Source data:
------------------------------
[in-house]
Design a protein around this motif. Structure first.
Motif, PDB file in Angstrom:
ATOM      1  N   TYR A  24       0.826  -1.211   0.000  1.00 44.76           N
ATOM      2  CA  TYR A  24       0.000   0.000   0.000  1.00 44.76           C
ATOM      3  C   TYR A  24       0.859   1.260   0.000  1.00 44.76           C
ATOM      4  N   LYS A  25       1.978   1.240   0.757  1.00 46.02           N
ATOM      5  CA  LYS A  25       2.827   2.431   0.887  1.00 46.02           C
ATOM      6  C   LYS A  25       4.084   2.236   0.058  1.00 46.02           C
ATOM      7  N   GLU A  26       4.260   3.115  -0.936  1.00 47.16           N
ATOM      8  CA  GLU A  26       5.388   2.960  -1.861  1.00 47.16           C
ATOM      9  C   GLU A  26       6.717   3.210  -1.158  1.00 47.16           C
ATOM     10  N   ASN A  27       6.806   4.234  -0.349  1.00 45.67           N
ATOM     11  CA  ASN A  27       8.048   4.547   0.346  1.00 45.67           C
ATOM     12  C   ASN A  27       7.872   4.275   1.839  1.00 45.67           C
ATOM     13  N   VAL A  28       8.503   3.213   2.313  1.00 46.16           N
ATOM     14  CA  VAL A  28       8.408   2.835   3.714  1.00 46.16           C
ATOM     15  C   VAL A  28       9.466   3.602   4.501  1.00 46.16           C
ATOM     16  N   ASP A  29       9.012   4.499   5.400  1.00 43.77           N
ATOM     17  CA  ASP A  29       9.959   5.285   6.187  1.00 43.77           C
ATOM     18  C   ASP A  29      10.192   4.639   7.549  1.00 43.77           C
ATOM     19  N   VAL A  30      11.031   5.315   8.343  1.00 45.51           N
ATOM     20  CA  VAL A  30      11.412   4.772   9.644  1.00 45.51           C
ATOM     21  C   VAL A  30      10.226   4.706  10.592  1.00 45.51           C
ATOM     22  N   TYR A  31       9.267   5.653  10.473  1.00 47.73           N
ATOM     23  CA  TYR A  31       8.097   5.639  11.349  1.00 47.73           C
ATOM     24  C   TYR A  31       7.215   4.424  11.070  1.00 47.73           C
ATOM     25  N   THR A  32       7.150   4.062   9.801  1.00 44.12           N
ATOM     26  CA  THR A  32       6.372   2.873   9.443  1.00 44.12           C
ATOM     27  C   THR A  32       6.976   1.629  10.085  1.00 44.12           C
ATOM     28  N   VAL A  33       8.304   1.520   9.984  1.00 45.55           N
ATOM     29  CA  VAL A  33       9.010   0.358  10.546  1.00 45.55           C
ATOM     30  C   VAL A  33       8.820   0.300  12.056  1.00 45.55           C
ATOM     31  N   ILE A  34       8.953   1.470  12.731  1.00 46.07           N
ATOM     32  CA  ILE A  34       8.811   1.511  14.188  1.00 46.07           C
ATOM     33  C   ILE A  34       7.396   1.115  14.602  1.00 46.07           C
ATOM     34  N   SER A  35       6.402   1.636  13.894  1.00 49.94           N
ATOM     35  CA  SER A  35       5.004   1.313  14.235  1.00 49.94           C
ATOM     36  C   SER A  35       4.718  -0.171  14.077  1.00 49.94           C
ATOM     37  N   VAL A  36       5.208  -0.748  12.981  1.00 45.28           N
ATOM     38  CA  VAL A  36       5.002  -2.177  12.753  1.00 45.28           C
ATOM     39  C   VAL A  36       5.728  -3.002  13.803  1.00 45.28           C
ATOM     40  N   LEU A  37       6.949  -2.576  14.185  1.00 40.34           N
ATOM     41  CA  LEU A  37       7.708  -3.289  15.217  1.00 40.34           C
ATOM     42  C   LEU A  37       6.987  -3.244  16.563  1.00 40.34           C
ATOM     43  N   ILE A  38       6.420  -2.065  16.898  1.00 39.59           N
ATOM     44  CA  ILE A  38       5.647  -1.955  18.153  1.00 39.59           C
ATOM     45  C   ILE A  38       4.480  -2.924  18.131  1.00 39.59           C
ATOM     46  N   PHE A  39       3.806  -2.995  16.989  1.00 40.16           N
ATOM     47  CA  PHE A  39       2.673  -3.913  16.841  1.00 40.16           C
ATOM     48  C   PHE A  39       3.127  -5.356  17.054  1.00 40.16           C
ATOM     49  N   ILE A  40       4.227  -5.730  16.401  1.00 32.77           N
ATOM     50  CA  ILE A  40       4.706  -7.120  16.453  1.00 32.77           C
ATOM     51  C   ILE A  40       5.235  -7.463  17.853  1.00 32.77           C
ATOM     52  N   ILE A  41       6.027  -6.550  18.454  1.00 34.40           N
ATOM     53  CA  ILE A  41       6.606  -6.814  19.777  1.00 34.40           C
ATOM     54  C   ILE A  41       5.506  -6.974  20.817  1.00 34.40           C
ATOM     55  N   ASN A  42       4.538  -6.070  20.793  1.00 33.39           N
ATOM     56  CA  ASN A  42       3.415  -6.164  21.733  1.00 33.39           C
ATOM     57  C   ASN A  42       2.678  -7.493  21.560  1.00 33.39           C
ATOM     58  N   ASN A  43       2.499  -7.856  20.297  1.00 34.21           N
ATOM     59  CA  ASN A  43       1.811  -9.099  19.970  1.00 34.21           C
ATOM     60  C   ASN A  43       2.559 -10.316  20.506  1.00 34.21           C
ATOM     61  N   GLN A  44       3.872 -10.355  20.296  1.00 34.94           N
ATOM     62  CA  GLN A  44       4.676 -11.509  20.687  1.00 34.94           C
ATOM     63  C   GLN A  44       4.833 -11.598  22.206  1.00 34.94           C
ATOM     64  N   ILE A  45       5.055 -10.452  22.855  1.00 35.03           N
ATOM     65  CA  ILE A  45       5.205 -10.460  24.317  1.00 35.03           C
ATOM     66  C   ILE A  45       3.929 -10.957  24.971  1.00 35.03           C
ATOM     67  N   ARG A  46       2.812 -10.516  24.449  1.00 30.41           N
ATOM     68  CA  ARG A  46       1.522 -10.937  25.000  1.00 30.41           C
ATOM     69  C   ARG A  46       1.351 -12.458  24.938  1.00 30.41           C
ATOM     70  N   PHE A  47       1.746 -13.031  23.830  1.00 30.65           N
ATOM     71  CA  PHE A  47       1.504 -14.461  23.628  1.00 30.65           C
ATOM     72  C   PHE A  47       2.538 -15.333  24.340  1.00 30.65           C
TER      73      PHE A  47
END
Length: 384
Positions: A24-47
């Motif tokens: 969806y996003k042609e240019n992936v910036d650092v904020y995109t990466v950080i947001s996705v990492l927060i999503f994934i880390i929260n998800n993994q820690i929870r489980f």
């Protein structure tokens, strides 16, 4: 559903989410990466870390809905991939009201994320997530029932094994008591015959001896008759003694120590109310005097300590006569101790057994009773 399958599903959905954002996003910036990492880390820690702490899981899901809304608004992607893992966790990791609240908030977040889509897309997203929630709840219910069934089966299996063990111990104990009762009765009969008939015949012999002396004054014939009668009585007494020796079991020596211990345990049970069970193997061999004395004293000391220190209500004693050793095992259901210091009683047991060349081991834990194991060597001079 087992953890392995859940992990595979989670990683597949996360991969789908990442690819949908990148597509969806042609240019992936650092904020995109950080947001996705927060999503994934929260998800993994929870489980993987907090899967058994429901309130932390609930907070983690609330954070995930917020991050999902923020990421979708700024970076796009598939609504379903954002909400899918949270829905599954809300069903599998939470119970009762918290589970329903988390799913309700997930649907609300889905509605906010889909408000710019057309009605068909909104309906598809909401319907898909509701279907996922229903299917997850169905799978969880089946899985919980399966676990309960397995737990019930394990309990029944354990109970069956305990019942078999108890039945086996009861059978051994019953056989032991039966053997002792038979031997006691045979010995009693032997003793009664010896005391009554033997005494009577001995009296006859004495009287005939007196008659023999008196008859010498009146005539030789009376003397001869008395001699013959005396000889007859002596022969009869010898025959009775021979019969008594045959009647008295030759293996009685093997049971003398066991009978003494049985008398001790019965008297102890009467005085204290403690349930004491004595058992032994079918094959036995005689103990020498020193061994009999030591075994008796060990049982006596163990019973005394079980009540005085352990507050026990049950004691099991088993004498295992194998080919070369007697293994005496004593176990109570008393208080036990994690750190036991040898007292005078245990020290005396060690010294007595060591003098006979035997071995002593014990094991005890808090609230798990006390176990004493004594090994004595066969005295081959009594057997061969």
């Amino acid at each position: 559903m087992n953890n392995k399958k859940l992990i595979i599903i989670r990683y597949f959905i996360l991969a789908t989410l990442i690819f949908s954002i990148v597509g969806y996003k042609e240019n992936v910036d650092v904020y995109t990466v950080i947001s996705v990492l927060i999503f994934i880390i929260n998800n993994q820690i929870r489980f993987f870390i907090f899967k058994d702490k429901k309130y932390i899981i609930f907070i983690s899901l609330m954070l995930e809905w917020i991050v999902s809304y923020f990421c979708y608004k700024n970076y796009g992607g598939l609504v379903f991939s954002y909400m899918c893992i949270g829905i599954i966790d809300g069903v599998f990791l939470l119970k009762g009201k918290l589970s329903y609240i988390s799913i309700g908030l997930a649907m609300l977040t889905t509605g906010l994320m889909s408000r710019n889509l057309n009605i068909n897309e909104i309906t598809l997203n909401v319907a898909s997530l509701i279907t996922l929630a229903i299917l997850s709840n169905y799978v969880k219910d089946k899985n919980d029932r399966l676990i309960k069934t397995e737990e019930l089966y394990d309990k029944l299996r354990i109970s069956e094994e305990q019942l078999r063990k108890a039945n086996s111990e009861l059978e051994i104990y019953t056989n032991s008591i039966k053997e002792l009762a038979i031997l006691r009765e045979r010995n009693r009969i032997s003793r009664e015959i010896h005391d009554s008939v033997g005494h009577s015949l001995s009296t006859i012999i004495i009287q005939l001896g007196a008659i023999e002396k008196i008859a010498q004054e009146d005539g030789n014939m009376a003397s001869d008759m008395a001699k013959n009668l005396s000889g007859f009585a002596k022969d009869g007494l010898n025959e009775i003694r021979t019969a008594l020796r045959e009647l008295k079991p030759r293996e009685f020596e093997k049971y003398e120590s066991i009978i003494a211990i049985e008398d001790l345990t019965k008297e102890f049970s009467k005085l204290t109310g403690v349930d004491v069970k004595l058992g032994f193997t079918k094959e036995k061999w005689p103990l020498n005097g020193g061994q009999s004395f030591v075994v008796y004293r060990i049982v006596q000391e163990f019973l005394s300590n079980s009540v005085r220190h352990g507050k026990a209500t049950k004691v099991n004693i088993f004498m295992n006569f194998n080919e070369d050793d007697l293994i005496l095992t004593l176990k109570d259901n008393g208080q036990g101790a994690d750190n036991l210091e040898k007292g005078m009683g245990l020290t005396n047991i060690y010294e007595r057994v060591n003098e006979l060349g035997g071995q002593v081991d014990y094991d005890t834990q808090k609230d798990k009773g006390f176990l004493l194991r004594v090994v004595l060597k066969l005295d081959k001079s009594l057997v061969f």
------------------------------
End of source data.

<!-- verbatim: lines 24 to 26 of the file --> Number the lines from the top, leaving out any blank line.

ATOM     21  C   VAL A  30      10.226   4.706  10.592  1.00 45.51           C
ATOM     22  N   TYR A  31       9.267   5.653  10.473  1.00 47.73           N
ATOM     23  CA  TYR A  31       8.097   5.639  11.349  1.00 47.73           C